Wednesday, 7 November 2007

EU to recognise independent Kosovo?

Until now, the EU has kept its cards close to its chest on Kosovo but now senior EU sources say that 25 out 27 EU member states will recognise Kosovo if, as promised, it unilaterally declares its independence in December. These states have shown their hand as negotiations are continuing between Serbs and Albanians over the fate of the province: as throughout the history of the long protracted break-up of Yugoslavia, the Great Powers have preferred to intervene in the negotiating process rather than allowing it to run its course. Naturally the certainty that the Kosovo Albanians will have their independence recognised will greatly bolster their hand in the talks. The United States has already said that it will recognise Kosovo’s independence once proclaimed.

The Serbian government has reacted strongly against these speculations, saying that such a step would de-stabilise the region, break international law and set a dangerous precedent. Russia has similarly warned the West against encouraging “a dramatic and unforeseeable development” if Kosovo’s independence is recognised. The German member of the UN “Troika” which is overseeing the negotiations, Wolfgang Ischinger (the German ambassador to the Court of St. James), has said that he doubts whether the two sides will come to any agreement by 10th December, the deadline set by the UN Secretary-General. The foreign policy spokesman of the German Christian Democratic Union, Eckart von Klaeden, has said, “The overwhelming majority of the EU states and the USA will adopt the same position. I believe this is probable. Serbia and Russia should not gamble on there being a split within the EU – they will have no success.” [Stefanie Bolzen & Christoph Schiltz, Die Welt, 24 October 2007]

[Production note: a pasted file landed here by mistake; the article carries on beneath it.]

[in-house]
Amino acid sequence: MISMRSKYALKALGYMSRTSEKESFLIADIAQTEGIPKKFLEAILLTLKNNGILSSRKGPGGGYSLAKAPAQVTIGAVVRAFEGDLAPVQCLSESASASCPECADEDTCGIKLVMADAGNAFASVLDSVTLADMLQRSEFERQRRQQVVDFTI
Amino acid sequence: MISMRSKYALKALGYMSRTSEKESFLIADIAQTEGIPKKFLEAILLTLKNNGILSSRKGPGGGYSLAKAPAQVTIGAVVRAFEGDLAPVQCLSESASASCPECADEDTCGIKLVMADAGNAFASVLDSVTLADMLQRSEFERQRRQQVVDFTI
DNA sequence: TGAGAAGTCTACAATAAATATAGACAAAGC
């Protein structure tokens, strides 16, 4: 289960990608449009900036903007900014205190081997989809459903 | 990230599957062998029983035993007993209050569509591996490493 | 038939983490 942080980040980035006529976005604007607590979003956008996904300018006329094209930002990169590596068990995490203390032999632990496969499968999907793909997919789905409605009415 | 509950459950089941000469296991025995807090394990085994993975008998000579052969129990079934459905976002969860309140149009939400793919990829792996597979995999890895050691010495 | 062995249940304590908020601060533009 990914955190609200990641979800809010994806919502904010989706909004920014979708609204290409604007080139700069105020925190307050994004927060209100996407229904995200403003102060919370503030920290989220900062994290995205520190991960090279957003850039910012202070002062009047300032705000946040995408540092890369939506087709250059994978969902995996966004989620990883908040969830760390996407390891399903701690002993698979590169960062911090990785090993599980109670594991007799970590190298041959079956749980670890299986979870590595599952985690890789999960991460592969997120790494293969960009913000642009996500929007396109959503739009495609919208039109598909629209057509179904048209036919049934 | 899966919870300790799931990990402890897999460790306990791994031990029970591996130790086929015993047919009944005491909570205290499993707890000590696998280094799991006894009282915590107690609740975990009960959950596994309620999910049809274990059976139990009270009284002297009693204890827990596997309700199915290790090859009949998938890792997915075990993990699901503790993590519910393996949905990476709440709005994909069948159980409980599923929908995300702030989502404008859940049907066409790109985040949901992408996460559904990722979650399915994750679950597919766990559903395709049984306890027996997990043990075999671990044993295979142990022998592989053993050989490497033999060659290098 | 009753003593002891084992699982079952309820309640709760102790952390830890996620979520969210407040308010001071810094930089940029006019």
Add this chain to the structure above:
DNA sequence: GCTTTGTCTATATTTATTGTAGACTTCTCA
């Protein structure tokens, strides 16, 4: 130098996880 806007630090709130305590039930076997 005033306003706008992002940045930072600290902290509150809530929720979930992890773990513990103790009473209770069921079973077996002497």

The leak comes at a very odd moment. Serbia is still governed by “pro-European” forces, who joined together after losing the last elections in order to prevent the Radical Party from gaining power. The Radicals, who are strongly opposed to EU membership, won the last Serbian elections in January. The KoŇ°tunica government has struggled to keep his government in power, and his pro-EU policy in place, in spite of the fact that the same EU seems determined to slice off some of Serbia’s most historic territory. Perhaps in an attempt to square the circle, the European Parliament has issued a report on Serbia which is very friendly to that country, saying that it has made great progress in co-operating with the International Criminal Tribunal for the former Yugoslavia in The Hague. This means that Serbia’s EU chances are theoretically improved. The commissar for enlargement, Olli Rehn, has said that the time when an association agreement can be signed is now near. This, he said, would be “a political milestone” in Serbia’s relations with the EU. In the European Parliament’s report, any linkage between the Kosovo issue and EU accession is strictly avoided, as the MEP Hannes Swoboda emphasised. [Der Standard, 15 October 2007]

-- An excerpt from Dr. John Laughland's Intelligence Digest. For a free e-mail subscription to the Intelligence Digest, please click here --

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